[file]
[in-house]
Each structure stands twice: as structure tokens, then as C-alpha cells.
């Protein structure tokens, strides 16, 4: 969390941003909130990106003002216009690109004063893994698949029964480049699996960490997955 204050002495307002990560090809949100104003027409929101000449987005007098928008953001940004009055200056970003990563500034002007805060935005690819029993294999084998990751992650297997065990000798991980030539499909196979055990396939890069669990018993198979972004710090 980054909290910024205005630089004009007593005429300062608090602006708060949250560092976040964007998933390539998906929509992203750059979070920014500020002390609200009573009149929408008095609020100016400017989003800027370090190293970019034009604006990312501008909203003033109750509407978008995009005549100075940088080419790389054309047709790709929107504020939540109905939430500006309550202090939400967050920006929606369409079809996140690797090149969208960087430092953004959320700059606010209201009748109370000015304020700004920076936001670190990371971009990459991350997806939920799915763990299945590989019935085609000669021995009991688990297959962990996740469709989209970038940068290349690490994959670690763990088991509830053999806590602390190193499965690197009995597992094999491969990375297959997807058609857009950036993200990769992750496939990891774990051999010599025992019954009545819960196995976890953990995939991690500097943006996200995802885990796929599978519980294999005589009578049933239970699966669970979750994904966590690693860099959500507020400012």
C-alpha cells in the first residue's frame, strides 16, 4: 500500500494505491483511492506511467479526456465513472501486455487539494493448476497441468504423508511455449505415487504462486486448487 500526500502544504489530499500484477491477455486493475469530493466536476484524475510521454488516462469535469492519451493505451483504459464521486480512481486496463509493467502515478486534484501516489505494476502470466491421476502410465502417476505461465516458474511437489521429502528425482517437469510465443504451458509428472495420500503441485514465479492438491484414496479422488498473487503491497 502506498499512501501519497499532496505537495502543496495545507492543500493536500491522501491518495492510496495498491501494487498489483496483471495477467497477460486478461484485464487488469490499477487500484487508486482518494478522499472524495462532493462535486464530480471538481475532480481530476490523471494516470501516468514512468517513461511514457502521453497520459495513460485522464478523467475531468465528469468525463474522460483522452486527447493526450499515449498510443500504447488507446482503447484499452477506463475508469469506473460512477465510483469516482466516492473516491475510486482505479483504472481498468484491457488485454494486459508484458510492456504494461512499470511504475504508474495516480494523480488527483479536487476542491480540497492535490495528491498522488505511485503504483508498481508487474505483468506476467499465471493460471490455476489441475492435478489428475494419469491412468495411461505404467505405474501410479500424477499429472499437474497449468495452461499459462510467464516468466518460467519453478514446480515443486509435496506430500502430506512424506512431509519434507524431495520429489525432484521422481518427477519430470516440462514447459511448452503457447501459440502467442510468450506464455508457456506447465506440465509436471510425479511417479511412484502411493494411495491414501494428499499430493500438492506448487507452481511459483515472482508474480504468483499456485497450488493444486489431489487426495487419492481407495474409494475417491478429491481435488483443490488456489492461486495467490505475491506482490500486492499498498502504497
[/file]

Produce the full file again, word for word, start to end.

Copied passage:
[in-house]
Each structure stands twice: as structure tokens, then as C-alpha cells.
């Protein structure tokens, strides 16, 4: 969390941003909130990106003002216009690109004063893994698949029964480049699996960490997955 204050002495307002990560090809949100104003027409929101000449987005007098928008953001940004009055200056970003990563500034002007805060935005690819029993294999084998990751992650297997065990000798991980030539499909196979055990396939890069669990018993198979972004710090 980054909290910024205005630089004009007593005429300062608090602006708060949250560092976040964007998933390539998906929509992203750059979070920014500020002390609200009573009149929408008095609020100016400017989003800027370090190293970019034009604006990312501008909203003033109750509407978008995009005549100075940088080419790389054309047709790709929107504020939540109905939430500006309550202090939400967050920006929606369409079809996140690797090149969208960087430092953004959320700059606010209201009748109370000015304020700004920076936001670190990371971009990459991350997806939920799915763990299945590989019935085609000669021995009991688990297959962990996740469709989209970038940068290349690490994959670690763990088991509830053999806590602390190193499965690197009995597992094999491969990375297959997807058609857009950036993200990769992750496939990891774990051999010599025992019954009545819960196995976890953990995939991690500097943006996200995802885990796929599978519980294999005589009578049933239970699966669970979750994904966590690693860099959500507020400012």
C-alpha cells in the first residue's frame, strides 16, 4: 500500500494505491483511492506511467479526456465513472501486455487539494493448476497441468504423508511455449505415487504462486486448487 500526500502544504489530499500484477491477455486493475469530493466536476484524475510521454488516462469535469492519451493505451483504459464521486480512481486496463509493467502515478486534484501516489505494476502470466491421476502410465502417476505461465516458474511437489521429502528425482517437469510465443504451458509428472495420500503441485514465479492438491484414496479422488498473487503491497 502506498499512501501519497499532496505537495502543496495545507492543500493536500491522501491518495492510496495498491501494487498489483496483471495477467497477460486478461484485464487488469490499477487500484487508486482518494478522499472524495462532493462535486464530480471538481475532480481530476490523471494516470501516468514512468517513461511514457502521453497520459495513460485522464478523467475531468465528469468525463474522460483522452486527447493526450499515449498510443500504447488507446482503447484499452477506463475508469469506473460512477465510483469516482466516492473516491475510486482505479483504472481498468484491457488485454494486459508484458510492456504494461512499470511504475504508474495516480494523480488527483479536487476542491480540497492535490495528491498522488505511485503504483508498481508487474505483468506476467499465471493460471490455476489441475492435478489428475494419469491412468495411461505404467505405474501410479500424477499429472499437474497449468495452461499459462510467464516468466518460467519453478514446480515443486509435496506430500502430506512424506512431509519434507524431495520429489525432484521422481518427477519430470516440462514447459511448452503457447501459440502467442510468450506464455508457456506447465506440465509436471510425479511417479511412484502411493494411495491414501494428499499430493500438492506448487507452481511459483515472482508474480504468483499456485497450488493444486489431489487426495487419492481407495474409494475417491478429491481435488483443490488456489492461486495467490505475491506482490500486492499498498502504497